Arts & Life
Canstar Community News
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This article was published 1/7/2010 (3694 days ago), so information in it may no longer be current.
Refugee women in traditional dress are, typically, wallflowers at government functions and cultural events.
But one group of newcomers clothed in colourful Eritrean couture are no shrinking violets laying low while officials and dignitaries make speeches.
They're the paparazzi, armed with cameras, confidence and politely getting in people's faces.
"They've come so far from Day One to today in terms of their confidence, self-esteem and ability to integrate," said Lambros Kyriakakos, spokesman for the Eritrean Community in Winnipeg Inc. It applied to the Winnipeg Arts Council's WITH ART program to have an artist work with 12 new immigrant single moms.
They wanted the process to empower the women who've recently come to Winnipeg, often from disturbing and unsettling refugee experiences, he said.
The community knows the women are strong and capable, said Kyriakakos. "They're small heroes to be in a refugee camp -- in a jail -- and to mentally survive. Here, they're starting from zero."
They needed to find a way to tap into their strength and resilience.
Art was the method. Photography was the medium. "When you put a camera in someone's hand, it gives them a way to speak for themselves," said Sarah Crawley, the artist and instructor they chose. "They can photograph whatever they want."
The Eritrean community chose the 12 participants based on need.
One woman has a disabled child; another has a disability herself.
They're all single moms from different parts of the city, at different stages of their settlement, from different faiths and backgrounds, in school and/or working -- sometimes two or three jobs.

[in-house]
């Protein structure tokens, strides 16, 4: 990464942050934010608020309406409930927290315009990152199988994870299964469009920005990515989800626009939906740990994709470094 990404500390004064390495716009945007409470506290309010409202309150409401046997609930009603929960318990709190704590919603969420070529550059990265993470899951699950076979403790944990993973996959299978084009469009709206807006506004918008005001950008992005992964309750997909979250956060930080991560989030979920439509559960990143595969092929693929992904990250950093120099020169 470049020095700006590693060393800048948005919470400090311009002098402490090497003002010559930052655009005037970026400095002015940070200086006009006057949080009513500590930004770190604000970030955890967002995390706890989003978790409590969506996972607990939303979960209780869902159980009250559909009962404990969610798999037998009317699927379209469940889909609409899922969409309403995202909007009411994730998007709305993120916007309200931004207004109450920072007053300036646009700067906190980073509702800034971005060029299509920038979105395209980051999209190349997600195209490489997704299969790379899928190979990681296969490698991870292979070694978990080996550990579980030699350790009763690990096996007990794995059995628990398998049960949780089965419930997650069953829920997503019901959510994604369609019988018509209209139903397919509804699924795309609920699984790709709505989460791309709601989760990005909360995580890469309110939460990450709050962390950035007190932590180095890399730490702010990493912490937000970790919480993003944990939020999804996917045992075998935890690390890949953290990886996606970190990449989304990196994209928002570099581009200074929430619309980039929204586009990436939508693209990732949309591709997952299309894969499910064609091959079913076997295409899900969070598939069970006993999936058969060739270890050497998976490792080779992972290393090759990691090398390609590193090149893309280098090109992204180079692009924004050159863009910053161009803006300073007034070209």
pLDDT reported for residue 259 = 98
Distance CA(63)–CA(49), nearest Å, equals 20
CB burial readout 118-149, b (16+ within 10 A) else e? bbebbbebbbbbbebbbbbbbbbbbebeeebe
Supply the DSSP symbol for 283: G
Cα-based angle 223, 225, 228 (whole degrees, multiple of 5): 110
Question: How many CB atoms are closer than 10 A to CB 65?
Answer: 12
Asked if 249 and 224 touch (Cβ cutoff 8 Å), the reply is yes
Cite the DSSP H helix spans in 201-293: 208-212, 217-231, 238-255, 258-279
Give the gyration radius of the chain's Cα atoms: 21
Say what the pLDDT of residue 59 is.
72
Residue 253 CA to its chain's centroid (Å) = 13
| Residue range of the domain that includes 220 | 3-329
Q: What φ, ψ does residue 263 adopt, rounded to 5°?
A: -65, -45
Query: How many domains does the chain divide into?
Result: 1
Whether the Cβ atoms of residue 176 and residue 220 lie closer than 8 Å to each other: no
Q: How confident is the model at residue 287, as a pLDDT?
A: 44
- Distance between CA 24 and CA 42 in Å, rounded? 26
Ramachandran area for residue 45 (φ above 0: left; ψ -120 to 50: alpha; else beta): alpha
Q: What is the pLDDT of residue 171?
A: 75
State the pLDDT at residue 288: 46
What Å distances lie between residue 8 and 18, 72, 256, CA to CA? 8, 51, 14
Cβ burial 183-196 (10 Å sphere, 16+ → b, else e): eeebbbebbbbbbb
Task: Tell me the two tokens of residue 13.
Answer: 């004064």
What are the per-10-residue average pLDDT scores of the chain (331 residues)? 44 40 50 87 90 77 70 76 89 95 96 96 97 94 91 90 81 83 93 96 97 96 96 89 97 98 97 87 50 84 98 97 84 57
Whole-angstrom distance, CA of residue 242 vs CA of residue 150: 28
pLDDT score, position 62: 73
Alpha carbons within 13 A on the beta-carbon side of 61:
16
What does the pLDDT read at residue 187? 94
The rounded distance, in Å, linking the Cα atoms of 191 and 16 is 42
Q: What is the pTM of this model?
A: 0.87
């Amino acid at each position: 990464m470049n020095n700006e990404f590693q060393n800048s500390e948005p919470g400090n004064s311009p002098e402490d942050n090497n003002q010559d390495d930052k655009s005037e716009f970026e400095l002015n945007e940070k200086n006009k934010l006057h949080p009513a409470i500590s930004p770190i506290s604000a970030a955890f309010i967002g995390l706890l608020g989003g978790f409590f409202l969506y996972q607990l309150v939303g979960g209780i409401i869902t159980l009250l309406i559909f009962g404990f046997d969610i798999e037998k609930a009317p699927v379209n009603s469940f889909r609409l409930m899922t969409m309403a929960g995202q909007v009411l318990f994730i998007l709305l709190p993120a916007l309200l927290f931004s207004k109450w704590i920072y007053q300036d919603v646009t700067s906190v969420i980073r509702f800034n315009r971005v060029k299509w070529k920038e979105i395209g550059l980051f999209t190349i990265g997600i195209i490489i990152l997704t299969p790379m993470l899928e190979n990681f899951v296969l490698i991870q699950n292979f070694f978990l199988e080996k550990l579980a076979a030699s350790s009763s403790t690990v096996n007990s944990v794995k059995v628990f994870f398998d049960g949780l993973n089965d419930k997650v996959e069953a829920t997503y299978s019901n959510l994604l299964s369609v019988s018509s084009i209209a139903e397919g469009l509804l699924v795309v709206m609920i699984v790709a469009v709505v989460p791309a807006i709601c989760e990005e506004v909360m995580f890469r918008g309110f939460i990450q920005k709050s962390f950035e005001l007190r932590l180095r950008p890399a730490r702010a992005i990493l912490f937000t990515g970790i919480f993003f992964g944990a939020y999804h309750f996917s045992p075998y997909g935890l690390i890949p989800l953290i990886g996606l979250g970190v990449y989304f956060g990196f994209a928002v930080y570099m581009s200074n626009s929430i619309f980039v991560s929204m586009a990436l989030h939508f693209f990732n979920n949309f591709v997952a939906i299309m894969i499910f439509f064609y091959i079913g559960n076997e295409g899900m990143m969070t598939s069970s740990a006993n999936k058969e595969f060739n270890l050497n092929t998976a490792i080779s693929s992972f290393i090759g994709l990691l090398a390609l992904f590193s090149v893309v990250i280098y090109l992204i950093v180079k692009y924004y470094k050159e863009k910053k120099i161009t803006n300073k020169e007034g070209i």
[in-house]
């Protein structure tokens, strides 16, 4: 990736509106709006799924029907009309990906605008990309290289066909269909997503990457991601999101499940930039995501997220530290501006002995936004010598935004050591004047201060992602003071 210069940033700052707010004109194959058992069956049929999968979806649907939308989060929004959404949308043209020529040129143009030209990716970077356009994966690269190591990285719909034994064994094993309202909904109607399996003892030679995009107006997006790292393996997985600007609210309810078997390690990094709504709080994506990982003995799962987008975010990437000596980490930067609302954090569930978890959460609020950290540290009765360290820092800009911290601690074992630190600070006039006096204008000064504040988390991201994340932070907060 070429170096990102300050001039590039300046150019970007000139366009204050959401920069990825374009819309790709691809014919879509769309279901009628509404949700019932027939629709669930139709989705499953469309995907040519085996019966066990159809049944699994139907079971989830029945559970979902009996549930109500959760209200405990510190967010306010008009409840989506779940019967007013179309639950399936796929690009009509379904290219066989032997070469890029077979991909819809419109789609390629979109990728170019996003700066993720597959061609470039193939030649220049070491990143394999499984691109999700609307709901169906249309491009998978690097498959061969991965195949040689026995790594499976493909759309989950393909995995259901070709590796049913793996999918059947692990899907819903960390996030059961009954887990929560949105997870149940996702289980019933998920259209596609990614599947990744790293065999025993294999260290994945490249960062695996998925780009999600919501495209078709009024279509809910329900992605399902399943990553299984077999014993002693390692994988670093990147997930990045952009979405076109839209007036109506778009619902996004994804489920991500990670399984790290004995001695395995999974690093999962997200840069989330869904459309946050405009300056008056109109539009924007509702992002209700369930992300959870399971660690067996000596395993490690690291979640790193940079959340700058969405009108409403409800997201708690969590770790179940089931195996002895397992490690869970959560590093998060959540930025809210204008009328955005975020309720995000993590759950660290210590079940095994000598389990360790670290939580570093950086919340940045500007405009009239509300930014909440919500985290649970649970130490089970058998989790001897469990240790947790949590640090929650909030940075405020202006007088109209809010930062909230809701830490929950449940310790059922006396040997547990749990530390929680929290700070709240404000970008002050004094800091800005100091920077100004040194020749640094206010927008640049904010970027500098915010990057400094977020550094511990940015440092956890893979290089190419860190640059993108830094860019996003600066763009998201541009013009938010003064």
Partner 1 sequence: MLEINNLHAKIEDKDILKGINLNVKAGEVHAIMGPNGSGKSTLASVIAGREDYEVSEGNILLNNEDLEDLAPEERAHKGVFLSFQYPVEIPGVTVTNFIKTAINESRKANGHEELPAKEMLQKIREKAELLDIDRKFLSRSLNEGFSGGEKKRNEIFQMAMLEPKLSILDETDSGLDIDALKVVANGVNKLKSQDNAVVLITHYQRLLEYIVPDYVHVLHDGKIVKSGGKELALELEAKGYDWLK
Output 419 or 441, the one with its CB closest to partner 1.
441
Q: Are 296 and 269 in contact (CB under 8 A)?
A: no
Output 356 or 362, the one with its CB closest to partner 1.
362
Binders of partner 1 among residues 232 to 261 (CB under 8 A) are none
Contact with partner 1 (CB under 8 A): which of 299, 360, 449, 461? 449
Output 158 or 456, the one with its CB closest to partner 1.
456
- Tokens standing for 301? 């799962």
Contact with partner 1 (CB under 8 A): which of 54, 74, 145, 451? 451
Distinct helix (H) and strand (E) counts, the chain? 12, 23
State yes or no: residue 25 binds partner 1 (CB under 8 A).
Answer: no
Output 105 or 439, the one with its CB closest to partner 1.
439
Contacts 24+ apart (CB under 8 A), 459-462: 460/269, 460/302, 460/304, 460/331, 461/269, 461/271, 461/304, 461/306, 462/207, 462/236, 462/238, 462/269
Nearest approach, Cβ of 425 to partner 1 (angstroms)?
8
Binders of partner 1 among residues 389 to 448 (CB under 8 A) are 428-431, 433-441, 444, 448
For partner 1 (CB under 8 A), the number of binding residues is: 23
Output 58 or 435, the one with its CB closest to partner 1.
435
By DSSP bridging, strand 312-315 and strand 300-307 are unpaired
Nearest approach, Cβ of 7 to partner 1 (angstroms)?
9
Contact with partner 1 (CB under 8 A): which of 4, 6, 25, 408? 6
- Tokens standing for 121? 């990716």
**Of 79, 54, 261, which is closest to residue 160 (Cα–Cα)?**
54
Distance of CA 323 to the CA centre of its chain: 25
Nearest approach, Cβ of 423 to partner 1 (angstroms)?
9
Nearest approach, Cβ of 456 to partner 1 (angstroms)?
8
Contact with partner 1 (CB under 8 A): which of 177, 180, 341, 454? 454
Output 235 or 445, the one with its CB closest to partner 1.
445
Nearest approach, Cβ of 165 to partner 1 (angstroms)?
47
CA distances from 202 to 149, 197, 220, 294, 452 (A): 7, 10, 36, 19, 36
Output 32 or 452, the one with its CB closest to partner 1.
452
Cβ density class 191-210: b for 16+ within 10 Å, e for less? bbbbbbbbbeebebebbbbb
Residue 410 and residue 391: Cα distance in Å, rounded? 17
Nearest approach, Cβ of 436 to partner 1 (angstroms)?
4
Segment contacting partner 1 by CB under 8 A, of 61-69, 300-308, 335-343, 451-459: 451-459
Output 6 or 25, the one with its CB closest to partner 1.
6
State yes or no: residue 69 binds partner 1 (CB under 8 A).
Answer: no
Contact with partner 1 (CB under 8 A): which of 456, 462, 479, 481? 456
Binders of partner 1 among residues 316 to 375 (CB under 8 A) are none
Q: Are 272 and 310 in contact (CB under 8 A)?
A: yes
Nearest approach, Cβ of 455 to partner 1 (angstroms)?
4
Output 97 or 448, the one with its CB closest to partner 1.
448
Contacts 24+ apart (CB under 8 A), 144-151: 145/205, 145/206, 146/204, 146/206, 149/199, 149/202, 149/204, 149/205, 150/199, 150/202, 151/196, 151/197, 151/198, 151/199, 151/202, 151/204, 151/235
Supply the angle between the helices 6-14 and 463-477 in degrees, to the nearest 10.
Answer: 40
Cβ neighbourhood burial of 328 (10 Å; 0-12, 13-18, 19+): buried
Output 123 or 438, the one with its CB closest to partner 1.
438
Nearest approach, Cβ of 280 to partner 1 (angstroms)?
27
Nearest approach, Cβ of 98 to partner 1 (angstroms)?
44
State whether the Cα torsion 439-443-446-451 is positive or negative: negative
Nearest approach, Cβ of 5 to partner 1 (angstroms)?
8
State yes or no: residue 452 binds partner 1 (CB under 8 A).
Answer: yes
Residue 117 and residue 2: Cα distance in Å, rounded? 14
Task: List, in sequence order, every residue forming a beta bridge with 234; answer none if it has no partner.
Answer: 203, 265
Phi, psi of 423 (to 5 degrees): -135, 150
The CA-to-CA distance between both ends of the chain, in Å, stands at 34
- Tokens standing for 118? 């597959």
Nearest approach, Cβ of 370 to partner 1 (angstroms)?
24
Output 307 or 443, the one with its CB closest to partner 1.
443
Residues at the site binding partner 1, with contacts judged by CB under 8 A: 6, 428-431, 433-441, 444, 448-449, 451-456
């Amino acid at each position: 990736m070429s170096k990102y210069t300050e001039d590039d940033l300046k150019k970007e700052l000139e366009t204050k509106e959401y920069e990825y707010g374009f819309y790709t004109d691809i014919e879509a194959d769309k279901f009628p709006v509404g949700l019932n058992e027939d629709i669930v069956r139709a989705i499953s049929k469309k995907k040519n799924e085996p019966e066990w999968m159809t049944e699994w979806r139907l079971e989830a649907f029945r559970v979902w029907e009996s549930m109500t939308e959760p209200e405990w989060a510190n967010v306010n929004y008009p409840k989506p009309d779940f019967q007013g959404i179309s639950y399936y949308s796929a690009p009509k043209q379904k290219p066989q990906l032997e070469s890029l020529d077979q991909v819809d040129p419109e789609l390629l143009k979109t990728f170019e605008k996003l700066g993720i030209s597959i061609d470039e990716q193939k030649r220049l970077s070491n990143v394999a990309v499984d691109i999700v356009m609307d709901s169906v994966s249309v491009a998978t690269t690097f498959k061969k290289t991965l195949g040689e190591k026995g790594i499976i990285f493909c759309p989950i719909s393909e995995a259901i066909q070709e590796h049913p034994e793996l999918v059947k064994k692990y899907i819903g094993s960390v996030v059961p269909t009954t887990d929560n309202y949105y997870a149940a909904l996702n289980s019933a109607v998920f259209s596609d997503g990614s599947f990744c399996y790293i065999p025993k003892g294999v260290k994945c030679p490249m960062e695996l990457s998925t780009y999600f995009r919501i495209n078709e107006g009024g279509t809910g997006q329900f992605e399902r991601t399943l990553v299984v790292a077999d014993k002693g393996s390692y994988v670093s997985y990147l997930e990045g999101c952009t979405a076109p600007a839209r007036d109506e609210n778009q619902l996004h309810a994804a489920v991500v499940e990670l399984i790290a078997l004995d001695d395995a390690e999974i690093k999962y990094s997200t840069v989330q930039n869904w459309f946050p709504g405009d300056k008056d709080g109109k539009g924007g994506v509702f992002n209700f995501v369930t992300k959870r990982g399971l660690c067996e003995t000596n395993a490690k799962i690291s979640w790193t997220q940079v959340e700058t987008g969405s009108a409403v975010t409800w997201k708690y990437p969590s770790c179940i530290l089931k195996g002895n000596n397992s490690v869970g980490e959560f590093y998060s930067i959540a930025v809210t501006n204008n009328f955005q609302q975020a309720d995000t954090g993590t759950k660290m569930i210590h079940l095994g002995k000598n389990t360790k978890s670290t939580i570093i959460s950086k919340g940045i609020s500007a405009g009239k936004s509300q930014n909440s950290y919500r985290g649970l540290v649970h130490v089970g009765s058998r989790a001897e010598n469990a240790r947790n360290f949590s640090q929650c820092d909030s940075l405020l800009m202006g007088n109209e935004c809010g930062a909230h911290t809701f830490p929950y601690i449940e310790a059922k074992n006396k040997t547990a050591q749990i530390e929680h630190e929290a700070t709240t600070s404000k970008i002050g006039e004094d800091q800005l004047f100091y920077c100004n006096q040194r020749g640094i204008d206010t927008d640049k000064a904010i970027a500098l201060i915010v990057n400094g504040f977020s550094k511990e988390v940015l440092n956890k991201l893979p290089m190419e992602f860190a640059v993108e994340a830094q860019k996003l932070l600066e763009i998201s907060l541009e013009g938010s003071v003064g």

The Eritrean community helps with rides, bus tickets and a translator. Classes don't always start promptly to allow time for women running late.
"Some of them come straight from work," said Crawley.
Attendance is close to 100 per cent. There's no money in it for the women, no promises of a better job, but they come because they enjoy it, said Crawley. At the official opening of the Immigrant Centre in May, the women were assigned to take photos at the event.
Before they began snapping pics, though, they were awestruck by a black-and-white photo hanging in the board room of immigrants who'd just arrived in Winnipeg in 1927.
"They were all white people," said Kyriakakos.
The photography students started out using inexpensive, plastic Holga cameras.
The army-green film cameras had to be sealed with black electrical tape to prevent light from seeping in through the cracks.
"We started out shooting in small groups walking up and down Ellice (Avenue)," Crawley said. Months later, at the Eritrean community's Christmas party, traditional roles looked a little different with the women photographing the festivities.
"Usually the ladies are dressed in their best and stay in a corner... These ladies have overcome that barrier," said Kyriakakos.
"They have as much right to take up that space as anyone," said Crawley.
When Eritrean Independence Day festivities rolled around May 24, one of the women was the MC at the huge community event and her classmates -- now equipped with digital cameras -- took photos at the packed Masonic Temple.
Kyriakakos, a registered nurse who volunteers in the community and has adopted six kids, said it has also been a kind of art therapy for the women.
Their Saturday evening classes are held at PrairieView School of Photography, which has donated the space.
The Eritrean paparazzi scanned their black-and-white contact sheets looking for just the right shot to enlarge and process into a print in the darkroom.
At a special class in May, the women each brought one of their children to class for a demonstration of the technical process.
The Winnipeg Arts Council provided the initial grant of $15,000.
The Winnipeg Foundation provided $20,000 for the second phase. Now they're seeking another source of funding to help the program carry on with a new group of women and four of the graduating students to mentor them.
Carol Sanders’ reporting on newcomers to Canada has made international headlines, earned national recognition but most importantly it’s shared the local stories of the growing diversity of people calling Manitoba home.
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